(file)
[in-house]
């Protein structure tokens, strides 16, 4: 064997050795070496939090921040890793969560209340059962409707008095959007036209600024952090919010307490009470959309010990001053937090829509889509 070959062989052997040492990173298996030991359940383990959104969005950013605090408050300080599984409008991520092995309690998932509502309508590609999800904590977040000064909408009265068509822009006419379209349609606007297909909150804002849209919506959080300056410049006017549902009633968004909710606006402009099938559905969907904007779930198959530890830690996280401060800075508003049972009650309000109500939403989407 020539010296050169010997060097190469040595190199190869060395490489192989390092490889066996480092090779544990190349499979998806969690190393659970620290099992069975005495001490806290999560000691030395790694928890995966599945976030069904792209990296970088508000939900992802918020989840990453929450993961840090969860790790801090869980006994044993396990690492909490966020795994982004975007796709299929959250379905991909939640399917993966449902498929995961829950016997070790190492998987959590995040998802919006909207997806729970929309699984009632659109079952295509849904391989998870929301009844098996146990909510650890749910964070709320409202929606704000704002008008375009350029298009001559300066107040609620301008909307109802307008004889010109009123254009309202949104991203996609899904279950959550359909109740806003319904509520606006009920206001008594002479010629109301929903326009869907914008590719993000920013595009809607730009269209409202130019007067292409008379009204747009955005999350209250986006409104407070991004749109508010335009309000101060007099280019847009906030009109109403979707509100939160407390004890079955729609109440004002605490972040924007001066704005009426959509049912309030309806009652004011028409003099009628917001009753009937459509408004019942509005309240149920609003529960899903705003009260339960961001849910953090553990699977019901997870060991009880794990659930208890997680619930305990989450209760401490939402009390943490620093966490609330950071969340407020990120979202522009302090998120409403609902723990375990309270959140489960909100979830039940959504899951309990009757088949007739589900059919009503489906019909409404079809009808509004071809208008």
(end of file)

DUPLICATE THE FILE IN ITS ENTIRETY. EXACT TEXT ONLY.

[in-house]
């Protein structure tokens, strides 16, 4: 064997050795070496939090921040890793969560209340059962409707008095959007036209600024952090919010307490009470959309010990001053937090829509889509 070959062989052997040492990173298996030991359940383990959104969005950013605090408050300080599984409008991520092995309690998932509502309508590609999800904590977040000064909408009265068509822009006419379209349609606007297909909150804002849209919506959080300056410049006017549902009633968004909710606006402009099938559905969907904007779930198959530890830690996280401060800075508003049972009650309000109500939403989407 020539010296050169010997060097190469040595190199190869060395490489192989390092490889066996480092090779544990190349499979998806969690190393659970620290099992069975005495001490806290999560000691030395790694928890995966599945976030069904792209990296970088508000939900992802918020989840990453929450993961840090969860790790801090869980006994044993396990690492909490966020795994982004975007796709299929959250379905991909939640399917993966449902498929995961829950016997070790190492998987959590995040998802919006909207997806729970929309699984009632659109079952295509849904391989998870929301009844098996146990909510650890749910964070709320409202929606704000704002008008375009350029298009001559300066107040609620301008909307109802307008004889010109009123254009309202949104991203996609899904279950959550359909109740806003319904509520606006009920206001008594002479010629109301929903326009869907914008590719993000920013595009809607730009269209409202130019007067292409008379009204747009955005999350209250986006409104407070991004749109508010335009309000101060007099280019847009906030009109109403979707509100939160407390004890079955729609109440004002605490972040924007001066704005009426959509049912309030309806009652004011028409003099009628917001009753009937459509408004019942509005309240149920609003529960899903705003009260339960961001849910953090553990699977019901997870060991009880794990659930208890997680619930305990989450209760401490939402009390943490620093966490609330950071969340407020990120979202522009302090998120409403609902723990375990309270959140489960909100979830039940959504899951309990009757088949007739589900059919009503489906019909409404079809009808509004071809208008």